Senate GOP Wants Delay in Supreme Court Hearings, Nominee Expected Soon

National   |   Steven Ertelt   |   May 13, 2009   |   9:00AM   |   WASHINGTON, DC

Senate GOP Wants Delay in Supreme Court Hearings, Nominee Expected Soon

by Steven Ertelt Editor
May 13
, 2009

Washington, DC ( — Senate leaders from both political parties met with President Barack Obama on Wednesday about his upcoming Supreme Court selection. The upshot of the meeting is that Senate Republicans want a 60-day delay in hearings and the pro-abortion president is expected to name a nominee shortly.

Sen. Patrick Leahy, the pro-abortion Judiciary Committee Chairman, told AP that Obama will name his replacement for pro-abortion Justice David Souter within weeks and perhaps before the end of the month.

"I don’t envy him the decision, but I think he’s going to make it soon," he said.

Confirming the timetable, pro-life Sen. Jeff Sessions of Alabama told reporters that Obama didn’t name names or give specifics, but he was left with the impression that it won’t be long before a nominee is put forward.

"My impression was he doesn’t want to let it take too long," Sessions said.

Obama told the senators he wants to get a Supreme Court nominee confirmed before the Senate takes its traditional August recess, but Senate Republicans would not agree to that and they wanted a 60-day window before hearings so they could research the background and positions of the nominee.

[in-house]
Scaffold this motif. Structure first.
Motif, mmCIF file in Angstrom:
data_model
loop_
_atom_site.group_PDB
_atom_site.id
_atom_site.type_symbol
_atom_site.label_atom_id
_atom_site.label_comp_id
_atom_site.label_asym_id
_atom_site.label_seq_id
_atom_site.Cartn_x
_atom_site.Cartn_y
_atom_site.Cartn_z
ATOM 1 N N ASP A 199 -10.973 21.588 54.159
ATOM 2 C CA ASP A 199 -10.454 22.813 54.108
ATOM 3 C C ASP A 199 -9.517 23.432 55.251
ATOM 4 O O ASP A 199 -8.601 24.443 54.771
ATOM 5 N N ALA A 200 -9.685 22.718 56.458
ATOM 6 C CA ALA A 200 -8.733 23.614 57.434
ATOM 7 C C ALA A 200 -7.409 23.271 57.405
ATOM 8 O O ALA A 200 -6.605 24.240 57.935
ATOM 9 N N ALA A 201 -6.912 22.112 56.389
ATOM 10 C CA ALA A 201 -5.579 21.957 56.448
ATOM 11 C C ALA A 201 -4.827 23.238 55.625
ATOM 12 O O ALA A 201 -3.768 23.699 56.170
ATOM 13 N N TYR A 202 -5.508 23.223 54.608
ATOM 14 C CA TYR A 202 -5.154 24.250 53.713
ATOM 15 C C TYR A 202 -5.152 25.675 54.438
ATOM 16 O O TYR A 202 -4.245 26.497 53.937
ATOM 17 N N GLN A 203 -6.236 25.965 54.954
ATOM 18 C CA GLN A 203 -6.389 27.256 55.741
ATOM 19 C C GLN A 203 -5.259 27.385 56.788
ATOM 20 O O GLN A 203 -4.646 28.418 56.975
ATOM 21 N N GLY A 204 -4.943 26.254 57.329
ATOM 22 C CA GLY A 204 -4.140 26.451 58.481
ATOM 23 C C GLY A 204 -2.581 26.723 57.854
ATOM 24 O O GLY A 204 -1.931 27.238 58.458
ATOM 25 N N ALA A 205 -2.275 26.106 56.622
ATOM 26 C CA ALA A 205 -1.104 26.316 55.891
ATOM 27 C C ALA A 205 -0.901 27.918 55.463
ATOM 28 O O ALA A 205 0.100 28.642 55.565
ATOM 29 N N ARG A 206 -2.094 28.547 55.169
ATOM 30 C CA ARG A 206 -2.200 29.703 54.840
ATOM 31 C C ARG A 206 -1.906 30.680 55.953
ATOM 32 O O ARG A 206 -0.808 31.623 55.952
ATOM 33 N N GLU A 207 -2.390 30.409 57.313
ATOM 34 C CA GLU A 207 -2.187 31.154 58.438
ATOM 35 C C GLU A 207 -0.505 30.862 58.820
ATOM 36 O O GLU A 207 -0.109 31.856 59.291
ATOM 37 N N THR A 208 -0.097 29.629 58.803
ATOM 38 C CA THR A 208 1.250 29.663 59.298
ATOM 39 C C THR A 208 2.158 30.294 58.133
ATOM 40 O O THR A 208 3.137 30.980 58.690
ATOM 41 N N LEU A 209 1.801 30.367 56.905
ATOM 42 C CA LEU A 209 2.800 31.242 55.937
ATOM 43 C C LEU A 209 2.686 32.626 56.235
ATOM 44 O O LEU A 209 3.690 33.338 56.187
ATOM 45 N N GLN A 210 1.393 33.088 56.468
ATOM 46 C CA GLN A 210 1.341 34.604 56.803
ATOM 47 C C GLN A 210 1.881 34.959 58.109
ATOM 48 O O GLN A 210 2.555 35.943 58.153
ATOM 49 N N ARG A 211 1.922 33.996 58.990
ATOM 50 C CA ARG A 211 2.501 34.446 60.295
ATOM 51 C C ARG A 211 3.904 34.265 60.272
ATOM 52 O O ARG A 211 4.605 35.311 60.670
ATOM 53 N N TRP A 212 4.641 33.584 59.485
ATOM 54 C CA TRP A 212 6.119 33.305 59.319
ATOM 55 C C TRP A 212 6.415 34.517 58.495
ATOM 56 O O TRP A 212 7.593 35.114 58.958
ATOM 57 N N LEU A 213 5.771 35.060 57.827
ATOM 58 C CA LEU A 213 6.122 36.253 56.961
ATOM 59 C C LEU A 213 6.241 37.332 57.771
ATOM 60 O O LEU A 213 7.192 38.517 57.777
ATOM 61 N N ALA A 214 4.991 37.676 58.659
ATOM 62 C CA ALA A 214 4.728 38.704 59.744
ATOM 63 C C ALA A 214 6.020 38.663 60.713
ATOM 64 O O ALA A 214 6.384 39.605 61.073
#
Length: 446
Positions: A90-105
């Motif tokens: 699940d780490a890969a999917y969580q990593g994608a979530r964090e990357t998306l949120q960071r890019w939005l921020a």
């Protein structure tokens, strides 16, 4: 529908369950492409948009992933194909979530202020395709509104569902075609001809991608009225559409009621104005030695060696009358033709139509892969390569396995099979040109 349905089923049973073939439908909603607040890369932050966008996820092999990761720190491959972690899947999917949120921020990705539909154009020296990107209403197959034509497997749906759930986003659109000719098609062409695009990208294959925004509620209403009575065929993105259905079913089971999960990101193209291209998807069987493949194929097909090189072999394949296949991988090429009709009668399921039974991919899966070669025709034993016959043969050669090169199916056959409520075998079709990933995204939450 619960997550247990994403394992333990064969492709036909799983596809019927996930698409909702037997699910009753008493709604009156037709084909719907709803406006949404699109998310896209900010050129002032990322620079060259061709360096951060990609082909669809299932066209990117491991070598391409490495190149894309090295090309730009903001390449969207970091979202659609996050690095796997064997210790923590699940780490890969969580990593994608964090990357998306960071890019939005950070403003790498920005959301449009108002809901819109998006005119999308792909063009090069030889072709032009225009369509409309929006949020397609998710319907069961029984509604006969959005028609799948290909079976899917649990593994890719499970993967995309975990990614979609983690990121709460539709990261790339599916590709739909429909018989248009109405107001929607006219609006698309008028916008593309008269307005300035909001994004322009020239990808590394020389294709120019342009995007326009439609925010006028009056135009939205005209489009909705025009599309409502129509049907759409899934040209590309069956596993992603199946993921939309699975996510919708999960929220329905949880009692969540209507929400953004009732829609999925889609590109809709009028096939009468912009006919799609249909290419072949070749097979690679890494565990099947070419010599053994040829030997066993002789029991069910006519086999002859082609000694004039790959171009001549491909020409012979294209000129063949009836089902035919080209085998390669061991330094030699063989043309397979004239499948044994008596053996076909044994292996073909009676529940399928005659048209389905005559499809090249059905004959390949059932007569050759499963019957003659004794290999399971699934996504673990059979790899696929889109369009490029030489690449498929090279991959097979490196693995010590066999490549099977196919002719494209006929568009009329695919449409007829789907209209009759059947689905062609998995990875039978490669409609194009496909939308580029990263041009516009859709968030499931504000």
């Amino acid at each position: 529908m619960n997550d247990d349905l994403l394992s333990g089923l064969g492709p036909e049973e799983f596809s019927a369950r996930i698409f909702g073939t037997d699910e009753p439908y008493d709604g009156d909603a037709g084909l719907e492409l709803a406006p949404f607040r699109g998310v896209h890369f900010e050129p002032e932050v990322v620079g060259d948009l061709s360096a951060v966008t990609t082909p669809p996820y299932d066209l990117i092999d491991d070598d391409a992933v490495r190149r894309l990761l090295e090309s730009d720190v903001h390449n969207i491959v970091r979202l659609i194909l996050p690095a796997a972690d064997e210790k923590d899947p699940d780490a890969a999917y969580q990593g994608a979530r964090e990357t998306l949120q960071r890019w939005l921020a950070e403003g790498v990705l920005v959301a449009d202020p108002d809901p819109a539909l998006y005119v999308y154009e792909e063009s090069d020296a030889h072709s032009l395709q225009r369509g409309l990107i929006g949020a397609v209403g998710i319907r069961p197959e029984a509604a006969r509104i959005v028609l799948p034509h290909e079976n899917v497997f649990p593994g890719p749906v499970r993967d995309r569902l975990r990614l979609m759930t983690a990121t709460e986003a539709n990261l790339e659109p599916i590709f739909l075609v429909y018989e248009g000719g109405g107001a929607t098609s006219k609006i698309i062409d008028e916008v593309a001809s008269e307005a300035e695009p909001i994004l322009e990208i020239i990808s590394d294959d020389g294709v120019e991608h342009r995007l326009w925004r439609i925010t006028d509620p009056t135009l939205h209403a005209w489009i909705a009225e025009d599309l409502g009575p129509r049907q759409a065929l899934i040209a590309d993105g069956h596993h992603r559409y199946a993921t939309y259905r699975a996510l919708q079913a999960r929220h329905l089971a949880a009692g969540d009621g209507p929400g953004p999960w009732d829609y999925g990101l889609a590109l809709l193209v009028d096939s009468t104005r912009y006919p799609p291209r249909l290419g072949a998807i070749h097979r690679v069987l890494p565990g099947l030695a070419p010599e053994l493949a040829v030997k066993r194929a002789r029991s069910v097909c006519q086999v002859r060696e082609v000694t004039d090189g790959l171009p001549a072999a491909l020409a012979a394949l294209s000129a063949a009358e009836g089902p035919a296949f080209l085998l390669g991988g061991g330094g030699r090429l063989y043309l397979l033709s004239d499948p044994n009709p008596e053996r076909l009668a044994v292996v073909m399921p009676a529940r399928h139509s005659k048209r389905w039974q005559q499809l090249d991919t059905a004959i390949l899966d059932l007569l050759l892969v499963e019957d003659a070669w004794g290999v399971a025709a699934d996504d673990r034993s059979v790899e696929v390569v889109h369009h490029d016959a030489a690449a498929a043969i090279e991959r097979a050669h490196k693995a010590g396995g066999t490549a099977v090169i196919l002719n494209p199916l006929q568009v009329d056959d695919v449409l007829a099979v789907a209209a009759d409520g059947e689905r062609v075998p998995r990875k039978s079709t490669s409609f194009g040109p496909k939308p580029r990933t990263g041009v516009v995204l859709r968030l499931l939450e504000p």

In response, Senate Democratic Leader Harry Reid said the Senate would not operate on "arbitrary deadlines" and Leahy said "We’ll work out a decent schedule."

Leahy promised sufficient time for research and hearings.

Senate Republican Leader Mitch McConnell, who is pro-life, said the senators had a discussion with Obama about his comment that he wants a nominee who will show "empathy" in making rulings — taken by pro-life advocates as indication he wants a judicial activist.

"We did have a discussion about the importance of following the law, and not acting like a legislator on the bench," he said.

"I didn’t recommend anyone, but I do believe that someone who is not a judicial activist would be best for the country. Someone who does take the law as written seriously. Someone who does not confuse the role with that of a legislator, and hopefully the president will name someone along those lines," McConnell said.

Asked if a filibuster may be used on an Obama selection, McConnell said, "We’ll take a look at the nominee and respond appropriately."

The White House also met today with various lobbying groups, but a top Obama spokesman said they wouldn’t make much of a dent on Obama’s decision-making.

"I don’t think that the lobbying of interest groups will help," said press secretary Robert Gibbs. "I think in many ways lobbying can, and will, be counterproductive."

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